By Alleen Brown
By Maggie LaMaack
By CP Staff
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"People were just kinda saying that around," one person told police. "Just like, if you're gonna drink you have to stay here. They didn't want you leaving."
"And when you said 'they,' who was that to assume?" asked Douglas.
One girl, whose name was redacted from police documents, said she gave her keys directly to Jan Jude.
"Okay, all right, when did you turn your keys over to [redacted] or her mom?" Douglas asked.
"Ah, like, before we went down to the fire."
"Okay, and was that because she knew you were drinking or you turned 'em over to [redacted] or directly to her mom?"
"I gave them to her mom."
"Her mom? And her mom asked for 'em?"
But other partygoers Douglas interviewed gave a different version of events, and said they were explicitly told by the Judes that they were not allowed to drink. In Douglas's interview with Kolb, she took the blame for allowing kids to drink, saying her mom and dad knew nothing about it.
"They made it very, very clear to me there was to be absolutely no drinking, but I'm a teenager and I have no sense," Kolb said.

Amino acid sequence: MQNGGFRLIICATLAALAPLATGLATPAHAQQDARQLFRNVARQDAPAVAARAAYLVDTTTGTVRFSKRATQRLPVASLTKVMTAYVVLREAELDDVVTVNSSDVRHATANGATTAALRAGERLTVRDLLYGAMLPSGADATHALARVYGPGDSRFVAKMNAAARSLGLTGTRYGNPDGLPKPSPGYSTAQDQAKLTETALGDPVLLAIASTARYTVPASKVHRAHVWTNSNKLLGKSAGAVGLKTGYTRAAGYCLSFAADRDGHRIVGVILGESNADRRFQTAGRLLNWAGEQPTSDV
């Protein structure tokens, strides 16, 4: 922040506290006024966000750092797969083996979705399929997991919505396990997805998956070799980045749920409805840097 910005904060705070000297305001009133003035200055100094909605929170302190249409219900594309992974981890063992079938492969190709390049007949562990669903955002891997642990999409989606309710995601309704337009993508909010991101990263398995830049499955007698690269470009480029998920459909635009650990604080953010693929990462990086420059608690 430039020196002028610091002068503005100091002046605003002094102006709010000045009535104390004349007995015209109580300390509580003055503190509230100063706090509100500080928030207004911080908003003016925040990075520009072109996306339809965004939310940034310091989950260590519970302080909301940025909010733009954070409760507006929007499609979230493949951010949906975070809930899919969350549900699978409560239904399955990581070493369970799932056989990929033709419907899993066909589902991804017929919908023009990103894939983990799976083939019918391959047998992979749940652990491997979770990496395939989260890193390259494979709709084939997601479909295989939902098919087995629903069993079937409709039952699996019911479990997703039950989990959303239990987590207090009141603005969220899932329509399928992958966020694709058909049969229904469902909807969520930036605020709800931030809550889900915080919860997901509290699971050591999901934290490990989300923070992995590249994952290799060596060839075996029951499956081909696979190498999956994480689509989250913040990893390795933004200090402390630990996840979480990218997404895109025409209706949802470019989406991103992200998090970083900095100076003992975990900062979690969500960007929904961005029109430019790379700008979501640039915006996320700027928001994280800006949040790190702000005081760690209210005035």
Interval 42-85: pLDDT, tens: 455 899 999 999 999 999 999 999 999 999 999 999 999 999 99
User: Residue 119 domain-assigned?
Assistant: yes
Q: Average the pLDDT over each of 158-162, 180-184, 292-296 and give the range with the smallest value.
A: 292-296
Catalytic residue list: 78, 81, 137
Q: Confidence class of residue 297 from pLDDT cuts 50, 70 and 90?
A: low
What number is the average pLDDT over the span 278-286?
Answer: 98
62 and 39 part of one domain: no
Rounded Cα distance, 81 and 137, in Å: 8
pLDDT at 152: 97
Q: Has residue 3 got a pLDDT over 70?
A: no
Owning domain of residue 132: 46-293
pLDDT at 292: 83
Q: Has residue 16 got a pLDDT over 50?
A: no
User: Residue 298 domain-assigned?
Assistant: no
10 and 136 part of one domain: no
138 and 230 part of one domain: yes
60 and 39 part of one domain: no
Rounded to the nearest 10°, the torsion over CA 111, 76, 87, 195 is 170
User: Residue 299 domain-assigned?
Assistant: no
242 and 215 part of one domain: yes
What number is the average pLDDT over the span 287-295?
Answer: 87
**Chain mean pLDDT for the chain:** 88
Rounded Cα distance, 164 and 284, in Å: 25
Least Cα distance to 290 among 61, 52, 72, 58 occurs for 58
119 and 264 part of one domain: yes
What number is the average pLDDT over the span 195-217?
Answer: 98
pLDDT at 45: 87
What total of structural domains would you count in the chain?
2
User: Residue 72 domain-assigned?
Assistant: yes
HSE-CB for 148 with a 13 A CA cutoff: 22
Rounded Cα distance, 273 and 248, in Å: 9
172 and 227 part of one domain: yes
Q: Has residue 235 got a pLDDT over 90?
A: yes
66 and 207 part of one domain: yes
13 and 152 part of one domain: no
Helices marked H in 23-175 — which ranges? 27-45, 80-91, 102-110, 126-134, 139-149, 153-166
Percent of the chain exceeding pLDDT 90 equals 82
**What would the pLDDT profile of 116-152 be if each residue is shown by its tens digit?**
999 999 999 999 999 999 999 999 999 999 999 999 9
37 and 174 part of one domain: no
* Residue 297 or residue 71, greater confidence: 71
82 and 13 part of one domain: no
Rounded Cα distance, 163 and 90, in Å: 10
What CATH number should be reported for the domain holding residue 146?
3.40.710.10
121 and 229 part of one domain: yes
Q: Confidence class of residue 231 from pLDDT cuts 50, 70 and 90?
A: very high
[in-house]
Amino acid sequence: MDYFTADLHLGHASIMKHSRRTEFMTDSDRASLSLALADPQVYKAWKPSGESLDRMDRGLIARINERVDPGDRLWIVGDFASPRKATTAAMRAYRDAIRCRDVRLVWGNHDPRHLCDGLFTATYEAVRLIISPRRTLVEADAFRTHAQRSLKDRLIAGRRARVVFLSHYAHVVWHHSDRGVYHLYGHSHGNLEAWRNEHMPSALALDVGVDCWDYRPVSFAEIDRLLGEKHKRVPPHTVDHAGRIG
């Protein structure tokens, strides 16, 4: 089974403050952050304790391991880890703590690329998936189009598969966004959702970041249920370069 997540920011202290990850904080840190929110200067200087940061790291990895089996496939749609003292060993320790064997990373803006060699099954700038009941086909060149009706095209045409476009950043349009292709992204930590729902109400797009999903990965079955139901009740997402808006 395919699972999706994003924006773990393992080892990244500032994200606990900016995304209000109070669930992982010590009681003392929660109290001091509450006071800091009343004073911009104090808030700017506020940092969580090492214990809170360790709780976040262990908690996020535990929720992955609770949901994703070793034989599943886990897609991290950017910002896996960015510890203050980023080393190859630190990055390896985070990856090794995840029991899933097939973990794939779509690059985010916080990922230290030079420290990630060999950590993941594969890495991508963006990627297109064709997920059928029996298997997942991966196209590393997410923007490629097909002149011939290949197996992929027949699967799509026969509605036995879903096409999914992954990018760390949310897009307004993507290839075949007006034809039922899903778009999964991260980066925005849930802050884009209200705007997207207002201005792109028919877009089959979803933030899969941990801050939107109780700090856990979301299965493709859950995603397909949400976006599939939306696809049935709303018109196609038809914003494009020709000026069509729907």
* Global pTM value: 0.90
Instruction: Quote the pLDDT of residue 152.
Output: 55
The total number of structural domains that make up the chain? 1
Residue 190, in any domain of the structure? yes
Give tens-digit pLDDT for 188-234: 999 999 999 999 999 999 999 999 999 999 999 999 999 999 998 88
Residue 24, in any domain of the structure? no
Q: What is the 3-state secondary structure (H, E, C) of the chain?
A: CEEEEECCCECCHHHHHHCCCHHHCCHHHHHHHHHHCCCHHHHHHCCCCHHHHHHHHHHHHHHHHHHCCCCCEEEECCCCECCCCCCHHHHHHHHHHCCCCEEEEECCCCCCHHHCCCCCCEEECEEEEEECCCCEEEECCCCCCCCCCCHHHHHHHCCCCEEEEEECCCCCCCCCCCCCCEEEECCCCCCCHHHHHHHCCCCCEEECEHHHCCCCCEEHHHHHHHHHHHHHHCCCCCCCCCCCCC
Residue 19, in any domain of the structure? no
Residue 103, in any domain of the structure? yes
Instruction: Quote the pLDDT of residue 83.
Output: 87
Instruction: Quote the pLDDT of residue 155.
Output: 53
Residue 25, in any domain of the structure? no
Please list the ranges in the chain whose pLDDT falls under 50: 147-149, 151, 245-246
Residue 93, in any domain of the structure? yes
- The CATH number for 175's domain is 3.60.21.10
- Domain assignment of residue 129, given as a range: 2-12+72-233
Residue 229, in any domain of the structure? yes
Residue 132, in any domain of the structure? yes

"I personally said I don't want any of you drinking if you've been driving," she said later in the interview. "That wasn't a rule from my mom or Russ or anybody."
"How many kids do you think were at the bonfire?" asked Douglas.
"The most probably at one time: 15, 10 to 15. I'm not sure."
On June 14, Douglas sat down with Jan Jude to get her side of the story. Jan maintained she knew nothing about drinking.
"My understanding is that the kids were just having a bonfire, which was okay with us," she said. "We had discussed that, and it sounds sort of cliché probably, but she had asked me to get a bunch of s'mores stuff. That's the kind of bonfire it was supposed to be."
When Douglas recited statements from others saying it was okay to drink, Jan denied knowing anything about it.
"One young lady I spoke with stated that she gave her keys directly to you in the garage at the house with the understanding that she was going to be drinking and spending the night," said Douglas.
"No," retorted Jan. "That is absolutely not true."